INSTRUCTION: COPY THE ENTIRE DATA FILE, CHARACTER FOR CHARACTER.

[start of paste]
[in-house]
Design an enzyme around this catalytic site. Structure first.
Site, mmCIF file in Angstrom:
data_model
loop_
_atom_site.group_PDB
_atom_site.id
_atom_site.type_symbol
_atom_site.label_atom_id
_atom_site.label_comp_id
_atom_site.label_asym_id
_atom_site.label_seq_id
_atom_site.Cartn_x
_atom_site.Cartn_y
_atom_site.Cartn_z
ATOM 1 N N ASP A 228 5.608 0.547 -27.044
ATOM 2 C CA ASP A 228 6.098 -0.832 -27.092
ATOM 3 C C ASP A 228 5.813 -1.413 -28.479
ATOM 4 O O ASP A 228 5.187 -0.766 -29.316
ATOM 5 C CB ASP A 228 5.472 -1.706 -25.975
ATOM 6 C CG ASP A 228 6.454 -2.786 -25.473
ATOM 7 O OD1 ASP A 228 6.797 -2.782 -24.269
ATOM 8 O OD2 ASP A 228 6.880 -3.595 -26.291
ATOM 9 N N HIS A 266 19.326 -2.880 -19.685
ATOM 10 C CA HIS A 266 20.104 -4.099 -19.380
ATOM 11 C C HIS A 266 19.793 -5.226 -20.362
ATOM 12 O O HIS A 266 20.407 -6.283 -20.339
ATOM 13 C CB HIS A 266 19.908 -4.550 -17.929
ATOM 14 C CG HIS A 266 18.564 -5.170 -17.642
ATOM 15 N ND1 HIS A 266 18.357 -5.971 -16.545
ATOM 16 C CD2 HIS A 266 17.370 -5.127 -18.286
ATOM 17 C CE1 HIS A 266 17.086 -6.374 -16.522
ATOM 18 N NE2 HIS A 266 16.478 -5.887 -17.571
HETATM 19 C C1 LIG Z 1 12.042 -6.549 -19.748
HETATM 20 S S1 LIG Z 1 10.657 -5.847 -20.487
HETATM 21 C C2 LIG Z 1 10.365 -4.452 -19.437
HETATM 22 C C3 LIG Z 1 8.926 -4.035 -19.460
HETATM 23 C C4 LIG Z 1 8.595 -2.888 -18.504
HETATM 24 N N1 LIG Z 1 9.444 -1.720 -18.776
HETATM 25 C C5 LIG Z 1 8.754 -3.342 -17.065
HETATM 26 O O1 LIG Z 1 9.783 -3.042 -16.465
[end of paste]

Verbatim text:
[in-house]
Design an enzyme around this catalytic site. Structure first.
Site, mmCIF file in Angstrom:
data_model
loop_
_atom_site.group_PDB
_atom_site.id
_atom_site.type_symbol
_atom_site.label_atom_id
_atom_site.label_comp_id
_atom_site.label_asym_id
_atom_site.label_seq_id
_atom_site.Cartn_x
_atom_site.Cartn_y
_atom_site.Cartn_z
ATOM 1 N N ASP A 228 5.608 0.547 -27.044
ATOM 2 C CA ASP A 228 6.098 -0.832 -27.092
ATOM 3 C C ASP A 228 5.813 -1.413 -28.479
ATOM 4 O O ASP A 228 5.187 -0.766 -29.316
ATOM 5 C CB ASP A 228 5.472 -1.706 -25.975
ATOM 6 C CG ASP A 228 6.454 -2.786 -25.473
ATOM 7 O OD1 ASP A 228 6.797 -2.782 -24.269
ATOM 8 O OD2 ASP A 228 6.880 -3.595 -26.291
ATOM 9 N N HIS A 266 19.326 -2.880 -19.685
ATOM 10 C CA HIS A 266 20.104 -4.099 -19.380
ATOM 11 C C HIS A 266 19.793 -5.226 -20.362
ATOM 12 O O HIS A 266 20.407 -6.283 -20.339
ATOM 13 C CB HIS A 266 19.908 -4.550 -17.929
ATOM 14 C CG HIS A 266 18.564 -5.170 -17.642
ATOM 15 N ND1 HIS A 266 18.357 -5.971 -16.545
ATOM 16 C CD2 HIS A 266 17.370 -5.127 -18.286
ATOM 17 C CE1 HIS A 266 17.086 -6.374 -16.522
ATOM 18 N NE2 HIS A 266 16.478 -5.887 -17.571
HETATM 19 C C1 LIG Z 1 12.042 -6.549 -19.748
HETATM 20 S S1 LIG Z 1 10.657 -5.847 -20.487
HETATM 21 C C2 LIG Z 1 10.365 -4.452 -19.437
HETATM 22 C C3 LIG Z 1 8.926 -4.035 -19.460
HETATM 23 C C4 LIG Z 1 8.595 -2.888 -18.504
HETATM 24 N N1 LIG Z 1 9.444 -1.720 -18.776
HETATM 25 C C5 LIG Z 1 8.754 -3.342 -17.065
HETATM 26 O O1 LIG Z 1 9.783 -3.042 -16.465